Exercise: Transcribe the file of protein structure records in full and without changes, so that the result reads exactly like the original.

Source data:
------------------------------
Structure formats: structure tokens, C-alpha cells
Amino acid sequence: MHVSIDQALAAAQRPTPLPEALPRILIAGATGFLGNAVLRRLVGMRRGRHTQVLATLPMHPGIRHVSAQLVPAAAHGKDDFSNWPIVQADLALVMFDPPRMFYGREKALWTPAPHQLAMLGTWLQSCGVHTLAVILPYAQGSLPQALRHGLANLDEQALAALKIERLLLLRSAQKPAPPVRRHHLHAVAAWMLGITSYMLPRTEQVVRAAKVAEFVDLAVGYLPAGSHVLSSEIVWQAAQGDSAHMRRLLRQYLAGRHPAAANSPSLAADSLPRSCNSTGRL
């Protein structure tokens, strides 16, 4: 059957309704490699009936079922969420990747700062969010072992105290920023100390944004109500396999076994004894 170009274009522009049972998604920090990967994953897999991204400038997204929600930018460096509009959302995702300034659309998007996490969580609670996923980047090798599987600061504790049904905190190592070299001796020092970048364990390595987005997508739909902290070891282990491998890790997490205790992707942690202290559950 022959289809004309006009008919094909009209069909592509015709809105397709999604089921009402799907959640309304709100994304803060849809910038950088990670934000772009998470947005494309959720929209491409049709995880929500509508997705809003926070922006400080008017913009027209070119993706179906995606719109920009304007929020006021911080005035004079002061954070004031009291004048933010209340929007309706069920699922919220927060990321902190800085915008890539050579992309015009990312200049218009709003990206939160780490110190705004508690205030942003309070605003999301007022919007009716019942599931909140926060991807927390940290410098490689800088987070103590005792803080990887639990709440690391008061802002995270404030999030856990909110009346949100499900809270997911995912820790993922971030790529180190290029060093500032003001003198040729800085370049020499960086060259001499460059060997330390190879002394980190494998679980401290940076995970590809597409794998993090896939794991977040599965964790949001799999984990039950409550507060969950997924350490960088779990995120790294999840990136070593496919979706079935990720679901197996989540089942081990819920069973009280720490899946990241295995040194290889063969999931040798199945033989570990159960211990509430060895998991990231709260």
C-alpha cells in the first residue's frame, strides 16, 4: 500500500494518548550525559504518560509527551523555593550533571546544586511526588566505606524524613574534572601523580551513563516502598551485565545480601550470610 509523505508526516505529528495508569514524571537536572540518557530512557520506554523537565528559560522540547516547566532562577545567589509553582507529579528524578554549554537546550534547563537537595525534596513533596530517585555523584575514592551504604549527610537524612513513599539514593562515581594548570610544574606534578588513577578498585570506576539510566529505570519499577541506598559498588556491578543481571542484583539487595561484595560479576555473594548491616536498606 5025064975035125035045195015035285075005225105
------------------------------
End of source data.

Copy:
Structure formats: structure tokens, C-alpha cells
Amino acid sequence: MHVSIDQALAAAQRPTPLPEALPRILIAGATGFLGNAVLRRLVGMRRGRHTQVLATLPMHPGIRHVSAQLVPAAAHGKDDFSNWPIVQADLALVMFDPPRMFYGREKALWTPAPHQLAMLGTWLQSCGVHTLAVILPYAQGSLPQALRHGLANLDEQALAALKIERLLLLRSAQKPAPPVRRHHLHAVAAWMLGITSYMLPRTEQVVRAAKVAEFVDLAVGYLPAGSHVLSSEIVWQAAQGDSAHMRRLLRQYLAGRHPAAANSPSLAADSLPRSCNSTGRL
């Protein structure tokens, strides 16, 4: 059957309704490699009936079922969420990747700062969010072992105290920023100390944004109500396999076994004894 170009274009522009049972998604920090990967994953897999991204400038997204929600930018460096509009959302995702300034659309998007996490969580609670996923980047090798599987600061504790049904905190190592070299001796020092970048364990390595987005997508739909902290070891282990491998890790997490205790992707942690202290559950 022959289809004309006009008919094909009209069909592509015709809105397709999604089921009402799907959640309304709100994304803060849809910038950088990670934000772009998470947005494309959720929209491409049709995880929500509508997705809003926070922006400080008017913009027209070119993706179906995606719109920009304007929020006021911080005035004079002061954070004031009291004048933010209340929007309706069920699922919220927060990321902190800085915008890539050579992309015009990312200049218009709003990206939160780490110190705004508690205030942003309070605003999301007022919007009716019942599931909140926060991807927390940290410098490689800088987070103590005792803080990887639990709440690391008061802002995270404030999030856990909110009346949100499900809270997911995912820790993922971030790529180190290029060093500032003001003198040729800085370049020499960086060259001499460059060997330390190879002394980190494998679980401290940076995970590809597409794998993090896939794991977040599965964790949001799999984990039950409550507060969950997924350490960088779990995120790294999840990136070593496919979706079935990720679901197996989540089942081990819920069973009280720490899946990241295995040194290889063969999931040798199945033989570990159960211990509430060895998991990231709260």
C-alpha cells in the first residue's frame, strides 16, 4: 500500500494518548550525559504518560509527551523555593550533571546544586511526588566505606524524613574534572601523580551513563516502598551485565545480601550470610 509523505508526516505529528495508569514524571537536572540518557530512557520506554523537565528559560522540547516547566532562577545567589509553582507529579528524578554549554537546550534547563537537595525534596513533596530517585555523584575514592551504604549527610537524612513513599539514593562515581594548570610544574606534578588513577578498585570506576539510566529505570519499577541506598559498588556491578543481571542484583539487595561484595560479576555473594548491616536498606 5025064975035125035045195015035285075005225105